This collection of 35 mm slides was assembled by Gabel for use in illustrating lectures and slide presentations. The collection is divided into two discrete sets, one documenting gravestone design and motifs, and the other documenting specific carvers.

Subjects

  • Gravestones--New England
  • Stone carvers--New England

Types of material

  • Photographs

Gage, G. Edward

G. Edward Gage Papers, 1912-1937.

1 box (0.25 linear feet).
Call no.: FS 131
Edward Gage, photo by Frank A. Waugh, 1927
Edward Gage, photo by Frank A. Waugh, 1927

Recruited to Massachusetts Agricultural College by Lyman Butterfield in 1912, George Edward Gage helped build several scientific departments at the college. Born in Springfield, Mass., on the last day of the year 1884, Gage received his doctorate at Yale in 1909, and served at various points as head of Animal Pathology, Veterinary Science, and Physiology and Bacteriology. He died unexpectedly in March 1948 at the age of 64.

A slender collection, the Gage papers contain seven offprints of Gage’s articles on poultry diseases (1912-1922) and an impressively thorough set of notes taken by MSC student Roy H. Moult in Gage’s Physiology 75 class, 1936-1937.

Subjects

  • Massachusetts State College--Faculty
  • Massachusetts State College. Department of Bacteriology and Physiology
  • Physiology--Study and teaching
  • Poultry--Diseases

Contributors

  • Gage, G. Edward
  • Moult, Roy H

Geisler, Bruce

Bruce Geisler Collection, 1969-1984.

14 boxes (21 linear feet).
Call no.: PH 049
Renaissance Community, ca.1974
Renaissance Community, ca.1974

In the early 1970s, the documentary filmmaker Bruce Geisler dropped out of Pomona College one semester short of graduation, drove across country, and joined the Brotherhood of the Spirit commune, then the largest commune in the eastern United States. During his four years living with the Brotherhood, later renamed the Renaissance Community, Geisler learned the craft of filmmaking, before returning west to earn an MFA at the film school of the University of Southern California. Geisler has received a number of awards as a screenwriter and filmmaker including the Grand Prize for Best Screenplay from Worldfest Houston and the Dominique Dunne Memorial Prize for Filmmaking, and, in 2007, he released his feature-length documentary, Free Spirits, about the Brotherhood of the Spirit/Renaissance Community and its ill-fated founder, Michael Metelica Rapunzel. Geisler is currently a Senior Lecturer in the UMass Amherst Department of Communication.

Documenting everyday life in a Massachusetts commune and performances by the commune bands (Spirit in Flesh and Rapunzel), the Geisler collection was assembled in conjunction with the making of the film Free Spirits. In addition to many hours of both raw and edited film footage taken by members of the Brotherhood of the Brotherhood of the Spirit and Renaissance Community, the collection includes a rich assemblage of still photographs, ephemera, and newspaper clippings relating to the commune.

Subjects

  • Brotherhood of the Spirit (Commune)
  • Communal living--Massachusetts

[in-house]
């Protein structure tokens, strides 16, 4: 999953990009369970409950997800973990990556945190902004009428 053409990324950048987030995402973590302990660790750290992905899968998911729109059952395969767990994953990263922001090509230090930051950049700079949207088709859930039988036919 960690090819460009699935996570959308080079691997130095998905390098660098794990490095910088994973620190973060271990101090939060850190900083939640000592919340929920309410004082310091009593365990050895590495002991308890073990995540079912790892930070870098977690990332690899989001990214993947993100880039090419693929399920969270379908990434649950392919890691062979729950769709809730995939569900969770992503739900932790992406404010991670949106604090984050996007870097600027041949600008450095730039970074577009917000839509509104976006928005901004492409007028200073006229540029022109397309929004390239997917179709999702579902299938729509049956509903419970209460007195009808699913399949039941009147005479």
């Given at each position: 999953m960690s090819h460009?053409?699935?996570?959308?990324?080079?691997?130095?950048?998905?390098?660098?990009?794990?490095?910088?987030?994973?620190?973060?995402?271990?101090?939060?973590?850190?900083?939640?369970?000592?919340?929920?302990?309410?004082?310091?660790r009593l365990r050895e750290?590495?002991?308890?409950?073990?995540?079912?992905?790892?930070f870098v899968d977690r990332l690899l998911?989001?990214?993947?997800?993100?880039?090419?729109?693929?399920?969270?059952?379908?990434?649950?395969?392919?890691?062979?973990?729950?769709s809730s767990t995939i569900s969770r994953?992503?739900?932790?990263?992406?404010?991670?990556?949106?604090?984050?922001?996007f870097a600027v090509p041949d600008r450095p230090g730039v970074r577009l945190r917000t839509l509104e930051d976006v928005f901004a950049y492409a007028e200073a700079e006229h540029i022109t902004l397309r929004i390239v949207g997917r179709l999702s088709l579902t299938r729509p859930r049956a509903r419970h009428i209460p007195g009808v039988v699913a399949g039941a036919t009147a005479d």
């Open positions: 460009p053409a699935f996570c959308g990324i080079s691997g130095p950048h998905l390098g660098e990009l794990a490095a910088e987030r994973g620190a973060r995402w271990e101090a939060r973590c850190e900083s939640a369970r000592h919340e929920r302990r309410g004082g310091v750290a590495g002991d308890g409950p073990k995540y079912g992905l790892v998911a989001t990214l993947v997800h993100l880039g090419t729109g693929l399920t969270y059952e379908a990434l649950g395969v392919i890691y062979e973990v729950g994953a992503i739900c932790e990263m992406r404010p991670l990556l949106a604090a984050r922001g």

• Renaissance Community (Commune)

Contributors

  • Geisler, Bruce

Types of material

  • Photographs
  • Videotapes

Gibson, W. Walker

W. Walker Gibson Papers, 1936-1993.

3 boxes (3.5 linear feet).
Call no.: FS 062
Walker Gibson
Walker Gibson

Walker Gibson, a professor of English at the University from 1967 to 1987, was a passionate teacher of writing and rhetoric and author of humorous verse. Gibson was born in Jacksonville, Florida in 1919 but was raised in Albany, New York. He earned his B.A. from Yale in 1940 and began graduate work at Harvard, however, his studies were interrupted by World War II, where he served in the U.S. Army Air Corps. After the War, Gibson earned his M.A. from the University of Iowa, where he was a research assistant for the Iowa Writers Workshop. For the next twenty years, Gibson taught English and writing at Amherst College and published prose and his signature humorous verse in the New Yorker, Atlantic, Harpers, and the New York Times Magazine among others. Gibson also published several books, including collections of verse, as well as prose works on writing, teaching composition, and literary criticism. Gibson died at the age of 90 in February, 2009.

The Walker Gibson Papers document the writer and teacher’s career through published and unpublished early writings during his years at Yale, binders including his published writings from the 1950s, correspondence with Theodore Baird, his supervisor at Amherst College, and lecture notes from his University writing and English classes. Completing the collection are three folders of miscellaneous correspondence and a folder of Gibson’s unpublished manuscripts from the late seventies and early eighties.

Subjects

  • University of Massachusetts Amherst--Faculty
  • University of Massachusetts Amherst. Department of English

Contributors

  • Gibson, W. Walker

Goodwin, Marcellus H.

Finding aid

Marcellus H. Goodwin Scrapbook, 1841-1879.

1 vol. (0.25 linear feet).
Call no.: MS 484 bd
Fashion plate
Fashion plate

In the early 1870s, twenty year-old Marcellus H. Goodwin was listed as a music teacher in city directories for Newburyport, Mass., residing at 32 Federal Street in the home of his father, Abel L. Goodwin. In later years, Marcellus worked as an upholsterer, but died died prematurely in 1883.

The Goodwin scrapbook is a typical production of the period in which the pages in a bound volume (in this case containing work records from 1841) are pasted over with newsclippings, mostly from the early 1870s. Goodwin favored poetry, aphorisms, and brief tales — sometimes humorous, but other times including curious facts — which, as far as can be discerned, were clipped from the Boston Courier, Newburyport Herald. Goodwin also pasted in three colorful fashion plates, a small series of illustrations of buildings at the Philadelphia Centennial Exposition, and an original poem, “A short sermon.”

Subjects

  • Newburyport (Mass.)--History--19th century

Types of material

  • Scrapbooks